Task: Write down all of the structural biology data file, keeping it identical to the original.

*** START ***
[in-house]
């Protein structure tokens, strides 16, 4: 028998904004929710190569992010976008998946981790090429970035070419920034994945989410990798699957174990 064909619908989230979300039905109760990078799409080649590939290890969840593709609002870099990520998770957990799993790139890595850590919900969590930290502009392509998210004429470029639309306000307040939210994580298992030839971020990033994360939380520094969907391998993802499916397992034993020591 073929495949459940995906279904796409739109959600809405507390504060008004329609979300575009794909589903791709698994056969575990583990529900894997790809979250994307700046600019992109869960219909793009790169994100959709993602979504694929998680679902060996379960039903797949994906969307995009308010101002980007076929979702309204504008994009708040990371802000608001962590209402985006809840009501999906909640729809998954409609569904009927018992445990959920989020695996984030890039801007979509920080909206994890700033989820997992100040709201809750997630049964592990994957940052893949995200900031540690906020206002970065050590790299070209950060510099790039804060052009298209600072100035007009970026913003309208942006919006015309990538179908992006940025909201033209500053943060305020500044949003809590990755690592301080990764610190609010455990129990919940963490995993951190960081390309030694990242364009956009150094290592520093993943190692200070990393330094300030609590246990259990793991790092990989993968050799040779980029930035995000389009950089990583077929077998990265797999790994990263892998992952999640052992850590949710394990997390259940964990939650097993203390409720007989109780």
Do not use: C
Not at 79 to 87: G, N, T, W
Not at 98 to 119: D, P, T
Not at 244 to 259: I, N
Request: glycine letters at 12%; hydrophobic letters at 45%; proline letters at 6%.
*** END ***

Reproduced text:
[in-house]
């Protein structure tokens, strides 16, 4: 028998904004929710190569992010976008998946981790090429970035070419920034994945989410990798699957174990 064909619908989230979300039905109760990078799409080649590939290890969840593709609002870099990520998770957990799993790139890595850590919900969590930290502009392509998210004429470029639309306000307040939210994580298992030839971020990033994360939380520094969907391998993802499916397992034993020591 073929495949459940995906279904796409739109959600809405507390504060008004329609979300575009794909589903791709698994056969575990583990529900894997790809979250994307700046600019992109869960219909793009790169994100959709993602979504694929998680679902060996379960039903797949994906969307995009308010101002980007076929979702309204504008994009708040990371802000608001962590209402985006809840009501999906909640729809998954409609569904009927018992445990959920989020695996984030890039801007979509920080909206994890700033989820997992100040709201809750997630049964592990994957940052893949995200900031540690906020206002970065050590790299070209950060510099790039804060052009298209600072100035007009970026913003309208942006919006015309990538179908992006940025909201033209500053943060305020500044949003809590990755690592301080990764610190609010455990129990919940963490995993951190960081390309030694990242364009956009150094290592520093993943190692200070990393330094300030609590246990259990793991790092990989993968050799040779980029930035995000389009950089990583077929077998990265797999790994990263892998992952999640052992850590949710394990997390259940964990939650097993203390409720007989109780």
Do not use: C
Not at 79 to 87: G, N, T, W
Not at 98 to 119: D, P, T
Not at 244 to 259: I, N
Request: glycine letters at 12%; hydrophobic letters at 45%; proline letters at 6%.